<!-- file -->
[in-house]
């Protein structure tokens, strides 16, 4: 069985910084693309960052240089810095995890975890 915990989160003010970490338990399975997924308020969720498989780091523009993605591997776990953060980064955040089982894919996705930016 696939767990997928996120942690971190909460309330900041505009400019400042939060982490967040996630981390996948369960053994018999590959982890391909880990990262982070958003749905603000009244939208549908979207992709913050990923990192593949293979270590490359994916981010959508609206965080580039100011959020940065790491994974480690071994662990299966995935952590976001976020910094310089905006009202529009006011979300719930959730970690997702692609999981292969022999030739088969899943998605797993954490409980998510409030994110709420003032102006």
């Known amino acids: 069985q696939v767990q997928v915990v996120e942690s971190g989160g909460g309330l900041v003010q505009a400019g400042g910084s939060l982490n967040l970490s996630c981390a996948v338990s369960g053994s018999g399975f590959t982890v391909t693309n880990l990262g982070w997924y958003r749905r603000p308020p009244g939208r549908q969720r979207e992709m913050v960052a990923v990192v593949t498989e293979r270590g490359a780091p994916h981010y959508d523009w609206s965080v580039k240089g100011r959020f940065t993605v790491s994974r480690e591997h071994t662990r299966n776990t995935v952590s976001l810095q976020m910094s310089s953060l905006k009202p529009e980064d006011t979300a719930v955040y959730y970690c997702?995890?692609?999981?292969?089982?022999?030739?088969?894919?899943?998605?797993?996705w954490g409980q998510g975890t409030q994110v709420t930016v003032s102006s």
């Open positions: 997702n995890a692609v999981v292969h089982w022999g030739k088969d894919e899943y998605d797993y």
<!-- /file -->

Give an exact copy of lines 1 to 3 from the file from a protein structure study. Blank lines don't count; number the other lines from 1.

[in-house]
């Protein structure tokens, strides 16, 4: 069985910084693309960052240089810095995890975890 915990989160003010970490338990399975997924308020969720498989780091523009993605591997776990953060980064955040089982894919996705930016 696939767990997928996120942690971190909460309330900041505009400019400042939060982490967040996630981390996948369960053994018999590959982890391909880990990262982070958003749905603000009244939208549908979207992709913050990923990192593949293979270590490359994916981010959508609206965080580039100011959020940065790491994974480690071994662990299966995935952590976001976020910094310089905006009202529009006011979300719930959730970690997702692609999981292969022999030739088969899943998605797993954490409980998510409030994110709420003032102006």
């Known amino acids: 069985q696939v767990q997928v915990v996120e942690s971190g989160g909460g309330l900041v003010q505009a400019g400042g910084s939060l982490n967040l970490s996630c981390a996948v338990s369960g053994s018999g399975f590959t982890v391909t693309n880990l990262g982070w997924y958003r749905r603000p308020p009244g939208r549908q969720r979207e992709m913050v960052a990923v990192v593949t498989e293979r270590g490359a780091p994916h981010y959508d523009w609206s965080v580039k240089g100011r959020f940065t993605v790491s994974r480690e591997h071994t662990r299966n776990t995935v952590s976001l810095q976020m910094s310089s953060l905006k009202p529009e980064d006011t979300a719930v955040y959730y970690c997702?995890?692609?999981?292969?089982?022999?030739?088969?894919?899943?998605?797993?996705w954490g409980q998510g975890t409030q994110v709420t930016v003032s102006s």